The 101 emails — exchanged between January 4 and January 7, 2021 — were released to the committee after Judge David Carter ruled that Eastman had not made a sufficient claim to attorney-client privilege.
“This may have been the first time members of President Trump’s team transformed a legal interpretation of the Electoral Count Act into a day-by-day plan of action,” Carter wrote.
In the other 100 documents the committee is receiving, the judge described extensive discussions among Eastman and others about using court cases as a political argument to block Congress from certifying the vote.
“In another email thread, Dr. Eastman’s colleagues discuss whether to publish a piece supporting his plan, and they touch on state lawsuits only to criticize how they are being handled by the Trump campaign,” the judge’s ruling last month said. “In a different email thread, Dr. Eastman and a colleague consider how to use a state court ruling to justify Vice President Pence enacting the plan. In another email, a colleague focuses on the ‘plan of action’ after the January 6 attacks.”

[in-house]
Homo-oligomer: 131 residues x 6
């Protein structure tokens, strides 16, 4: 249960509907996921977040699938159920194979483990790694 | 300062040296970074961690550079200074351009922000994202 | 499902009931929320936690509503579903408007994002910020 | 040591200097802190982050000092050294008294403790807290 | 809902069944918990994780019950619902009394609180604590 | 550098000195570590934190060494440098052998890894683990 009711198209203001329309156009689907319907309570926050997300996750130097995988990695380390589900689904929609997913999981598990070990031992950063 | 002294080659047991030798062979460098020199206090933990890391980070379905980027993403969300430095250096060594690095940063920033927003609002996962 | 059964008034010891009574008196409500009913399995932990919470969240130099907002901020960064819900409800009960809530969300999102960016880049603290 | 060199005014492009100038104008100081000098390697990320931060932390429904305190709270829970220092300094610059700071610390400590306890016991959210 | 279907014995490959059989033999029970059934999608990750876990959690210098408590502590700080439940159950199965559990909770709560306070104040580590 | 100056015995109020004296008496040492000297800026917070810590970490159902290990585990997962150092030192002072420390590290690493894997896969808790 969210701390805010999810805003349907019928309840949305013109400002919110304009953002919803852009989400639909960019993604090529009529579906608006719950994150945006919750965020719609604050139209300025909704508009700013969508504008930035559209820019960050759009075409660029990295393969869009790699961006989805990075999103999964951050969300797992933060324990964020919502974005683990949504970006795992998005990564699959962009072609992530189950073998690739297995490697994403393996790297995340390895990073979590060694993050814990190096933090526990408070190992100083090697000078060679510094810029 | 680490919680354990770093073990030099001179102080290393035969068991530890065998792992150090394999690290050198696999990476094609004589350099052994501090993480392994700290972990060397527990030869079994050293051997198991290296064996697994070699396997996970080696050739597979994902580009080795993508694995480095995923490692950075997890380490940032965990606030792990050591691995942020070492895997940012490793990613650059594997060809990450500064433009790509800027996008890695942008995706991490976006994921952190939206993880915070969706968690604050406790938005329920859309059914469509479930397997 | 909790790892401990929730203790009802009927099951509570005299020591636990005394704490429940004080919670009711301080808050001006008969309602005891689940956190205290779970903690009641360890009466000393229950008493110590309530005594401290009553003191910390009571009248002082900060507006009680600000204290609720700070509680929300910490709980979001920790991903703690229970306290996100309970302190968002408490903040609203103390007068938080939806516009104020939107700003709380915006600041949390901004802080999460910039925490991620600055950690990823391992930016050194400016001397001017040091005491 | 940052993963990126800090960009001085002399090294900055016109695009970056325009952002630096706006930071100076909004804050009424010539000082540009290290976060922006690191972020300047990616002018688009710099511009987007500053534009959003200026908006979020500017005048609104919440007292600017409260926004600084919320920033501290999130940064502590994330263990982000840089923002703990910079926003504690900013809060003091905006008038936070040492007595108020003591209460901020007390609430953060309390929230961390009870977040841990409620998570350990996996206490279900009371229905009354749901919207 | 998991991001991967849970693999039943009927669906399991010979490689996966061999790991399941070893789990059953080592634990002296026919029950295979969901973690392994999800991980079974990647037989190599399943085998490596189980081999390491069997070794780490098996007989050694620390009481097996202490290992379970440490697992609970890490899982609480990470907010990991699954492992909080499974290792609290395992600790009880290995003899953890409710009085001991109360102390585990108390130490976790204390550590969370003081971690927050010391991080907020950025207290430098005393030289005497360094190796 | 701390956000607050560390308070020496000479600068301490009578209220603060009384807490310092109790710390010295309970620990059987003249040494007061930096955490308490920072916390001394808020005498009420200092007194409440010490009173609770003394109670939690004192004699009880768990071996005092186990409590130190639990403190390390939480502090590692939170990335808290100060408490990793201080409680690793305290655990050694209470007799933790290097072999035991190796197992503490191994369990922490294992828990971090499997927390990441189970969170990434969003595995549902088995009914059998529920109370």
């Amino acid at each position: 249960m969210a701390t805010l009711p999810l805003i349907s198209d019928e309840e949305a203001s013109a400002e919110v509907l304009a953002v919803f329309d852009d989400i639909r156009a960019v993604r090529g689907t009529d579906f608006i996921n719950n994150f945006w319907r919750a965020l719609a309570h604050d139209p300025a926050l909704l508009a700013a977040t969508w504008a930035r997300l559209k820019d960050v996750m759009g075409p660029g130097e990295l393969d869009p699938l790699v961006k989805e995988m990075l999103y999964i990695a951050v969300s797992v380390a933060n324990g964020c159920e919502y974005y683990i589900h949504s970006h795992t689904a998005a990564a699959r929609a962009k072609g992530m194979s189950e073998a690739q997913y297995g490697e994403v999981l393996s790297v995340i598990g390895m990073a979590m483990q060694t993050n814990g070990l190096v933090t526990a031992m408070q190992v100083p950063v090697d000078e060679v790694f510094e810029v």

The select committee’s efforts to obtain Eastman’s emails had been closely watched in the legal community because of the panel’s bold move to accuse Eastman and Trump of criminal conspiracy. The House said it believed Trump had been trying to obstruct Congress and to defraud the government by blocking his loss of the election and discussing it with Eastman.
Still, neither Trump nor Eastman has been charged with any crimes. Further, despite the House’s filings, lawmakers aren’t prosecutors and can’t bring charges. And there is no public indication that the Justice Department is seriously investigating Eastman and Trump’s attempt to subvert the 2020 election.